JEAN PAUL SARTRE: The Existentialist Ethic by Norman N. Greene

JEAN PAUL SARTRE: The Existentialist Ethic

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KIRKUS REVIEW

This is perhaps as lucid and simple an explanation of a complex philosophy, and of its relations to other ideas, as one could hope for, but it is scarcely easy reading. Existentialism is a wide-ranging philosophy, variously related to psychology, the social sciences, religion, politics, etc. and its breadth makes it an interesting (and here heavily documented) subject of study. It is also, in its sense of man's freedom, as a being in a constant state of becoming , whose nature is determined by society but who freely chooses the goal he sets out to realize, and attractive and active philosophy. The chapter headings indicate the range of discussion: Sartre and Existentialism; Being and Nothingness; The Human Condition; Freedom as an Ethic; The Impossible God; Sartre and Catholic Man; Liberalism as Conservatism: The Modern Proteus; etc., etc. They also reveal the scope of the book from a description of the philosophy to its relations with other ideologies and religions, as well as some of Sartre's personal history. A good deal of technical language however makes this difficult though not impossible reading for the layman.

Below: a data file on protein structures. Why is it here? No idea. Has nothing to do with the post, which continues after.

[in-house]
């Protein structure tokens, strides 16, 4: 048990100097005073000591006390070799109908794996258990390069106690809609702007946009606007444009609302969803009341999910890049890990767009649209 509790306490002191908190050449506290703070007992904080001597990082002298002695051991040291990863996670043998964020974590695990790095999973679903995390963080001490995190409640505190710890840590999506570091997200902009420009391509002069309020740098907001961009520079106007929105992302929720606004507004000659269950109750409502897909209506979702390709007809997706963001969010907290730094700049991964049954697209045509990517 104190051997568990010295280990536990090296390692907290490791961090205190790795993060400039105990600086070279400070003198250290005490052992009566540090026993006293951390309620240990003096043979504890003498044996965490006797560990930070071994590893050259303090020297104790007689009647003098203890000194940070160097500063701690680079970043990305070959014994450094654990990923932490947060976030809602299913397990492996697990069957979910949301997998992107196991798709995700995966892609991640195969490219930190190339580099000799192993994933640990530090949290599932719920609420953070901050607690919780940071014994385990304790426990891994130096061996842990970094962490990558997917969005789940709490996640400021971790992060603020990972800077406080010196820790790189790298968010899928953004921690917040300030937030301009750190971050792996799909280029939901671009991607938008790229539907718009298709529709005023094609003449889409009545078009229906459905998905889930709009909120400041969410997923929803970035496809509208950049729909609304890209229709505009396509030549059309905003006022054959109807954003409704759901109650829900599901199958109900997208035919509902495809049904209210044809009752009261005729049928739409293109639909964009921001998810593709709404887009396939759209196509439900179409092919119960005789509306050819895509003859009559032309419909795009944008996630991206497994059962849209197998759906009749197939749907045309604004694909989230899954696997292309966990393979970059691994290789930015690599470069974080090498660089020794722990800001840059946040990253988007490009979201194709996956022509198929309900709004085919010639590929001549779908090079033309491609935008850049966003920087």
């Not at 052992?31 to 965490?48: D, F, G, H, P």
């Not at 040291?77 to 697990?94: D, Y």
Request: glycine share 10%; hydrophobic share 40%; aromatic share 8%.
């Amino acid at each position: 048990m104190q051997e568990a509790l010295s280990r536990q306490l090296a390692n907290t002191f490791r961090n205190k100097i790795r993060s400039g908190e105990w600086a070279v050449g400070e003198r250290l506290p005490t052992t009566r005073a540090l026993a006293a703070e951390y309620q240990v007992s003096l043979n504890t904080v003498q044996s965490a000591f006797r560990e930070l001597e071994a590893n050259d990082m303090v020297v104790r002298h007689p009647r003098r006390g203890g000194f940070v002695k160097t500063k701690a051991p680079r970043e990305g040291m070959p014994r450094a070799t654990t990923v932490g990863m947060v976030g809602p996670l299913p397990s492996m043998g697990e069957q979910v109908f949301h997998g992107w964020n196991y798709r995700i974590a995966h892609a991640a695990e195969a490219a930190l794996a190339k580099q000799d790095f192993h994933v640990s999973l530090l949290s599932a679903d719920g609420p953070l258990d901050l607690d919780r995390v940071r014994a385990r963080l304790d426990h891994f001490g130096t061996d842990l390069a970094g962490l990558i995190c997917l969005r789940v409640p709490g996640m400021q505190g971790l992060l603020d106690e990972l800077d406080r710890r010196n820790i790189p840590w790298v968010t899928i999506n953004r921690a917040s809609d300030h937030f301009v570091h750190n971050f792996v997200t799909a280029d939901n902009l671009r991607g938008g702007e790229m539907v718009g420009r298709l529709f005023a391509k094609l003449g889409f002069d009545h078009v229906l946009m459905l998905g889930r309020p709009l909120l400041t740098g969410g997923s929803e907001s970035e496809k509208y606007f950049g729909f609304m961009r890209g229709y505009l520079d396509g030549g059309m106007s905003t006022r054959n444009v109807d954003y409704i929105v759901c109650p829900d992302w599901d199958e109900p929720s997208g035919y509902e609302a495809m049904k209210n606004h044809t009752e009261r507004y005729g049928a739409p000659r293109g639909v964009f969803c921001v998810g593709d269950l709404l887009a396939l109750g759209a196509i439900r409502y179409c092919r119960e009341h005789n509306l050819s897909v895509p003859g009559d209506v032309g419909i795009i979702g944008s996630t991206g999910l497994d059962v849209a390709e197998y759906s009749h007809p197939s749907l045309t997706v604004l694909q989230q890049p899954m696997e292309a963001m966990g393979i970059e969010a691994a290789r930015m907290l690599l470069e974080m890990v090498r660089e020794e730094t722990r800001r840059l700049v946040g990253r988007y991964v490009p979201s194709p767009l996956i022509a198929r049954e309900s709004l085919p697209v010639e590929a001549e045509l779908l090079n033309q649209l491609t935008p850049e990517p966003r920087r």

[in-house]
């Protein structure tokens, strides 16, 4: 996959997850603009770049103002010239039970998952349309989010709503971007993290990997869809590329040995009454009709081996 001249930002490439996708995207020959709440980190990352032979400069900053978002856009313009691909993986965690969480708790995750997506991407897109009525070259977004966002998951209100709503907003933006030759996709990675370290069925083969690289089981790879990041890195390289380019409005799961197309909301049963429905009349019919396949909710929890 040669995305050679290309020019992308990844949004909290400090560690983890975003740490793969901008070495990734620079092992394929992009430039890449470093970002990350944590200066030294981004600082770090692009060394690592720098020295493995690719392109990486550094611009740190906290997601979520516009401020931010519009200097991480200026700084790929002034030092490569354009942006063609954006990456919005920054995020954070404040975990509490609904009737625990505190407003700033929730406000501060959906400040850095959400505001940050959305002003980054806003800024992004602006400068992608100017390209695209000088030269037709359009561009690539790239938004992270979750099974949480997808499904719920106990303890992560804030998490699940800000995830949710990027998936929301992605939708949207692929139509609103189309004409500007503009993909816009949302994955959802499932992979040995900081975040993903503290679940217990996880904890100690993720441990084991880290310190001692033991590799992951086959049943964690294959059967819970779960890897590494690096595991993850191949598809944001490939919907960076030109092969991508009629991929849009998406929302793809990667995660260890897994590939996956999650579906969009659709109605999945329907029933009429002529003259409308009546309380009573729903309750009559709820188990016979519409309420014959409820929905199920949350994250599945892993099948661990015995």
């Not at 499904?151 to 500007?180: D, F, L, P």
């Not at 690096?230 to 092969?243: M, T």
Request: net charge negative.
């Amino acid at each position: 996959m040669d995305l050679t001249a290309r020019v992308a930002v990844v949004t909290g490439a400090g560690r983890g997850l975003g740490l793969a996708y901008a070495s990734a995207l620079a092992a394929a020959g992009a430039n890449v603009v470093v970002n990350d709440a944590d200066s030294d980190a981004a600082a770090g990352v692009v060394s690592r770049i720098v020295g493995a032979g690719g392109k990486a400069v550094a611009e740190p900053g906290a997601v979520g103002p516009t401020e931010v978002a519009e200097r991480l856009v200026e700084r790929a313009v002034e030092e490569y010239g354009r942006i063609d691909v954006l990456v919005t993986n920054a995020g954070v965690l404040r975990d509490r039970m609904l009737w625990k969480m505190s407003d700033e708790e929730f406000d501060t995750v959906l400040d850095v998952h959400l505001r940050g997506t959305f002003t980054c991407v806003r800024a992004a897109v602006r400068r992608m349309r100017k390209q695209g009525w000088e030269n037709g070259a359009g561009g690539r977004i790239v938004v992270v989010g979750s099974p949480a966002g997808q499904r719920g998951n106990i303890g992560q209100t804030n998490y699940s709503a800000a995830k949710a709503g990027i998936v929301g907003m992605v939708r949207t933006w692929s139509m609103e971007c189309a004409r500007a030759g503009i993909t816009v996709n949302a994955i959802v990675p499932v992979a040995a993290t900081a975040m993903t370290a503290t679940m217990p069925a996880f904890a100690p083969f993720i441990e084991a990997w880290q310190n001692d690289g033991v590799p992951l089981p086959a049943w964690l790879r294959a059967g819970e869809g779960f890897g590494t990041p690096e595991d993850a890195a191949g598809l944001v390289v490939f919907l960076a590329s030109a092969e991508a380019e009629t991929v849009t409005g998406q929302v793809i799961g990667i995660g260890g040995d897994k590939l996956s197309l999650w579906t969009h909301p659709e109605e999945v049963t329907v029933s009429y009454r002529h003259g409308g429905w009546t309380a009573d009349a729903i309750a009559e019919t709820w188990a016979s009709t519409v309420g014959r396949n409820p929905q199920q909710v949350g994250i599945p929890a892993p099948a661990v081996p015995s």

Pub Date: Sept. 30th, 1960
Publisher: University of Michigan Press